OUR FIRST TASTE OF THE ABACOS 1.2.2018
I am having a difficult time getting the blogs posted on the site due to poor or nonexistent wifi, but I am going to keep recording so that I don’t get too far behind. We have been in the Bahamas since Christmas. Our full day at Great Sale Cay was spent exploring the shoreline around the anchorage. We got picked up by Michael and Bill (by dinghy) and along with the trekker crew went to various spots to get out and walk and look at the sea life. We saw turtles, rays, barracuda, and lots of jumping fish. They look like a dancing fountain at Disney as the entire schools jumps together from one spot to another. On the shore, we saw lots of shells and coral. The water was warm, the wind gentle and it was picture perfect.
After our excursion I hung the air chair and had a chance to sit and read in the cool breeze. I think it is now the second time I have had the air chair out of the bag. Right before sunset we went over to Trekker to have a beer and watch the sun go down. I have heard many times about the green flash that you can sometimes see as the sun sets. This was the first time I SAW IT. Not so much a flash as the sun itself turned a shade of green right before it disappeared.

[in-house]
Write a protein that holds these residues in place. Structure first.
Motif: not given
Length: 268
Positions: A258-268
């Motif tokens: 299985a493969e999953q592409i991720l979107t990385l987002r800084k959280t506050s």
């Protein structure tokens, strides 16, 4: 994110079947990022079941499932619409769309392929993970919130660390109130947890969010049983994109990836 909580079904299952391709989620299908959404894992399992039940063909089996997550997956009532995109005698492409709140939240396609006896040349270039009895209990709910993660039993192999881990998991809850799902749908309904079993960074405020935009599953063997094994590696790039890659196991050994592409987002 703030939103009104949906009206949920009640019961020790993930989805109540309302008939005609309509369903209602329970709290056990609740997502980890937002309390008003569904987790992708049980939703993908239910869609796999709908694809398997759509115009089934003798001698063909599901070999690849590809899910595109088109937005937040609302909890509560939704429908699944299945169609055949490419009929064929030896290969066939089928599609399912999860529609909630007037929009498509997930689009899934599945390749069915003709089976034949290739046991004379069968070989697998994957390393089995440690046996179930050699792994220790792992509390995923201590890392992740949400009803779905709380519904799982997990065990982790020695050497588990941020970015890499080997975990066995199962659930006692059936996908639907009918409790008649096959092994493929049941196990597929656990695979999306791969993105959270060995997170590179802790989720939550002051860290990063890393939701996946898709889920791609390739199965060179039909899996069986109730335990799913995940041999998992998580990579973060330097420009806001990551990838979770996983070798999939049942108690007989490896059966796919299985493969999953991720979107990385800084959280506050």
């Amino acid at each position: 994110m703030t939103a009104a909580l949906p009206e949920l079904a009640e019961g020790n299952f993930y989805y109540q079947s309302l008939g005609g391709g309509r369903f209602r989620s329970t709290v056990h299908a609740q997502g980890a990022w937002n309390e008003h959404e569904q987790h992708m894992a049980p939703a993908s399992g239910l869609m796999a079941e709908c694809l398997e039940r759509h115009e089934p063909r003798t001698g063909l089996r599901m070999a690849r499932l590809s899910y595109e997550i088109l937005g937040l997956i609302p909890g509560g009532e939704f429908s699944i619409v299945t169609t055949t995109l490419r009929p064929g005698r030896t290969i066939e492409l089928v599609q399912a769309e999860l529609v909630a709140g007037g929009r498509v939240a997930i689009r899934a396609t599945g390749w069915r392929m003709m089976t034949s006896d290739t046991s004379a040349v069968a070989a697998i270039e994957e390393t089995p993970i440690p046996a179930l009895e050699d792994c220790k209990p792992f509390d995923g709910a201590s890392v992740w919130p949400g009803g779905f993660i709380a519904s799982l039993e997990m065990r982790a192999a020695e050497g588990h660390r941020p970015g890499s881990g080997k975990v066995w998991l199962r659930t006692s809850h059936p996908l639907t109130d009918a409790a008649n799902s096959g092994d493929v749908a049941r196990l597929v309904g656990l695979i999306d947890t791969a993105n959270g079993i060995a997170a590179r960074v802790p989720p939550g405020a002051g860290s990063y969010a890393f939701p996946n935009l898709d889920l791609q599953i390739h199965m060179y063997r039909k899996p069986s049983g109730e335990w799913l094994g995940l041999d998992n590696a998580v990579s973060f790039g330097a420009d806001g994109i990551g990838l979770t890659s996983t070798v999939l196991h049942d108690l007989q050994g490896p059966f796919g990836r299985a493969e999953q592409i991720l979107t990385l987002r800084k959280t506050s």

We woke up the next morning to find ourselves (the three boats) pretty much alone in the anchorage and we headed off to anchor at Allen-Pensicola Cay. The wind was 18-20 knots out of the northwest and we had a screaming sail all the way to the island. We have had some problems with our reefing line chaffing and although Bob thinks he has the problem licked, we didn’t want to chance it so we sailed under full main. Most of the time this was fine and I hand steered (rather than use the auto pilot) throughout most of the leg. The 24 knot gusts got a bit challenging – but we were making amazing speed. When we got just off the coast of Allen-Pensicola Cay, Trekker suggested that we probably wouldn’t get much protection in the Allen Pensicola anchorage in light of the wind strength and direction - and because the sail was so fantastic that we should press on to Spanish Cay which was our next stop. We agreed.